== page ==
Apache Airflow (or simply Airflow) is a platform to programmatically author, schedule, and monitor workflows. It can be used to author workflows as Directed Acyclic Graphs (DAGs) of tasks and define an automated pipeline of tasks to execute one after the other.
Here is a quick step by step guide on how to use Airflow alongside Spark to automatically run a workflow on Qarnot.
If you are interested in another version, please send us an email at email@example.com.
Before starting a calculation with the Python SDK, a few steps are required:
Note: in addition to the Python SDK, Qarnot provides C# and Node.js SDKs and a Command Line.
This tutorial will showcase how to run an Airflow workflow on Qarnot from your computer. The workflow is as follows:
- Start a Spark cluster
- Submit a first Spark app to the cluster: it counts the number of words in the Iliad
- Submit a second Spark app to the cluster: it counts the number of words in the Iliad concatenated 100 times
- Fetch the output of both Spark apps
- Stop the Spark cluster
All these steps will be run in succession without any manual intervention from the user.
Before moving forward, you should setup your working environment to contain the following files which can be downloaded here:
config: contains qarnot and logging config files
custom_operators: scripts developed by Qarnot and needed for our Airflow workflow
dags: contains the script that defines the dag that we will run
logs: directory where the Python and Airflow logs will be stored
spark-resources: text input files of the Iliad and the Iliad concatenated 100 times
Launching the test case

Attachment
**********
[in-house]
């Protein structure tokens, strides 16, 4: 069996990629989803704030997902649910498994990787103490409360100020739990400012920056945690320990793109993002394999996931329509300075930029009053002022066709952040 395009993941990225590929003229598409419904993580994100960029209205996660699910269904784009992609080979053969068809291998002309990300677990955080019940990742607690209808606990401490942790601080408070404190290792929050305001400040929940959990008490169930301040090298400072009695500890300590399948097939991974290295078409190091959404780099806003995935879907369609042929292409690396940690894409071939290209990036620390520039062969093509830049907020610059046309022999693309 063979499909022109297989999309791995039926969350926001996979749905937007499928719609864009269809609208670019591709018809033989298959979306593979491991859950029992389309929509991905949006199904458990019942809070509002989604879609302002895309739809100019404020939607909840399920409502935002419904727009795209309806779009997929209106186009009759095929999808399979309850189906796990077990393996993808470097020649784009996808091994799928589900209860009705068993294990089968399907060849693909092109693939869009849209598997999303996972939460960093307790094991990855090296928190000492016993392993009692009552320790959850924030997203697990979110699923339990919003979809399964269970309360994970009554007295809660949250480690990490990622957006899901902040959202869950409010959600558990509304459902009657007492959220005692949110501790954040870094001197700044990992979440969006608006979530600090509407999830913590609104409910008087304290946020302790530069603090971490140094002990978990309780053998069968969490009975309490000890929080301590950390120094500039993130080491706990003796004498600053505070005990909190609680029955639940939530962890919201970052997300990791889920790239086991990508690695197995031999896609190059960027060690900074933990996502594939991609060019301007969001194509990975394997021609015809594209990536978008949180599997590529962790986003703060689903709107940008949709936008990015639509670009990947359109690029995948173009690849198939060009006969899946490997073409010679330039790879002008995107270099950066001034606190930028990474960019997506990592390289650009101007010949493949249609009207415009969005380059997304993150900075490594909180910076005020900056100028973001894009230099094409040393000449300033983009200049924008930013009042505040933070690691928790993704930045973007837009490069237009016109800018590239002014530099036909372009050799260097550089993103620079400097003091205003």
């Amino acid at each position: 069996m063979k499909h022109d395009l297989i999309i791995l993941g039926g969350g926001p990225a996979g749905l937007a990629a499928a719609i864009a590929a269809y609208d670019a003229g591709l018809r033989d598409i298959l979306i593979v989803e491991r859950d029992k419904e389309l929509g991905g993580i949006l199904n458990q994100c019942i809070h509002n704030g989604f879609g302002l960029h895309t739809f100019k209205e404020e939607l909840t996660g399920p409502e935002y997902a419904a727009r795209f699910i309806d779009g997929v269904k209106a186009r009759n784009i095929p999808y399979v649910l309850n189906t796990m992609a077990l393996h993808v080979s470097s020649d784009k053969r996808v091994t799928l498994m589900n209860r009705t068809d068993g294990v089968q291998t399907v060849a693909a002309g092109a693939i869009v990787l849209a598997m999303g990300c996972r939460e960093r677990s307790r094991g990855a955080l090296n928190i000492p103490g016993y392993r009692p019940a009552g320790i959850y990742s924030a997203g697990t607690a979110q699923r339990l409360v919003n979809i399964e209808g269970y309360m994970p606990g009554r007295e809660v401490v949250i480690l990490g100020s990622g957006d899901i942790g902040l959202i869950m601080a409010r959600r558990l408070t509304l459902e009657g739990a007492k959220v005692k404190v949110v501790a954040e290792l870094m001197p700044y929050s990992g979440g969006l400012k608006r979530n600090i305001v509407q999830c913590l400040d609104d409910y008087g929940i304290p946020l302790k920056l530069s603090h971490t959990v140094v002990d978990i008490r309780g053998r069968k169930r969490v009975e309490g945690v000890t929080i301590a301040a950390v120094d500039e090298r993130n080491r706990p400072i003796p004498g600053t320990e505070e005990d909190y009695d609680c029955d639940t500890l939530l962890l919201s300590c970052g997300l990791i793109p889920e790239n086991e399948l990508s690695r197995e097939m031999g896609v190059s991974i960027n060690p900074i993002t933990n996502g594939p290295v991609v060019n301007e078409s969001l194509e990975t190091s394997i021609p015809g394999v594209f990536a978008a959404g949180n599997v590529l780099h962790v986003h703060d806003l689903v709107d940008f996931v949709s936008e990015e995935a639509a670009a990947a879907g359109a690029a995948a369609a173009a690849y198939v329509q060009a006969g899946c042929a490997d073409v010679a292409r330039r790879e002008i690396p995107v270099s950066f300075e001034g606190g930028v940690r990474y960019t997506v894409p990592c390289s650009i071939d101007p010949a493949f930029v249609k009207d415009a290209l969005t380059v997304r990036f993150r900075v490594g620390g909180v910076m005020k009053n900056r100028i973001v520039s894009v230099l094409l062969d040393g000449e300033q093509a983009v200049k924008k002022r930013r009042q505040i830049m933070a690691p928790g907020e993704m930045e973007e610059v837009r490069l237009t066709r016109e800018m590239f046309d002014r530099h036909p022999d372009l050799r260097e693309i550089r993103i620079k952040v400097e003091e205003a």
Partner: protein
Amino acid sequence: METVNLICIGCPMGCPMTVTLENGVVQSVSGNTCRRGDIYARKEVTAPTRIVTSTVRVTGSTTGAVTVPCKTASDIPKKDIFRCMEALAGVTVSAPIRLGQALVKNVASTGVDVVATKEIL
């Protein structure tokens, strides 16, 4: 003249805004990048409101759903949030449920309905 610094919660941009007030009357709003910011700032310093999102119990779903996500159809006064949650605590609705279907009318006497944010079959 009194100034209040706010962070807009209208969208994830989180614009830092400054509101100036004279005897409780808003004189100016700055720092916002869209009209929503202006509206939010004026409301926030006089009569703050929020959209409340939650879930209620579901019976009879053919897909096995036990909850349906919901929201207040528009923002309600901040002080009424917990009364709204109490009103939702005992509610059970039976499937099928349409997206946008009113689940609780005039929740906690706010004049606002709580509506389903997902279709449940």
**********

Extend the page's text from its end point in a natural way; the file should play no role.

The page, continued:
Once you have downloaded all the necessary files, follow the steps below to ensure you have everything you need.
Activate your Python virtual environment and make sure that the Qarnot SDK is installed in it. If you are unsure as to how to do that, you can check the SDK installation documentation for simple steps to follow.
Then install Airflow and its dependencies by running the following command.
pip install apache-airflow['cncf.kubernetes']
Add your ssh public key instead of
<<<MY PUBLIC SSH KEY>>> in
Add your secret token in
config/qarnot.conf instead of
custom_operators/ to your virtual environment site-packages. Make sure to replace
<<<VENV>>> with your virtual environment’s name and the
pythonX with your python version. Note that it is recommended to work inside Python virtual envs to guarantee reproducibility and keep working environments clean.
mv custom_operators/ <<<VENV>>>/lib/pythonX/site-packages/
Set your Airflow home as your current directory
airflow db init
Build your dag named my_first_dag
Launch Airflow workflow on Qarnot with the start date you want
airflow dags backfill my_first_dag -s 2000-01-01
A few notes to keep in mind:
- If you want to launch Airflow a second time, you can add the
--reset-dagrunsflag to bypass some conflicts related to the previous run.
- It is also possible to download input files from a GCP bucket and upload your results to it. It has been excluded from this tutorial for simplicity’s sake. If you are interested in trying it please contact firstname.lastname@example.org.
At any given time, you can monitor the status of your task on Tasq as well as from your local terminal.
You can view the outputs in your results bucket
airflow-spark-out. Where you will find the number of words contained in both the Iliad and the version that is concatenated 100 times, as well as different execution logs as shown below.
That’s it! If you have any questions, please contact email@example.com and we will help you with pleasure!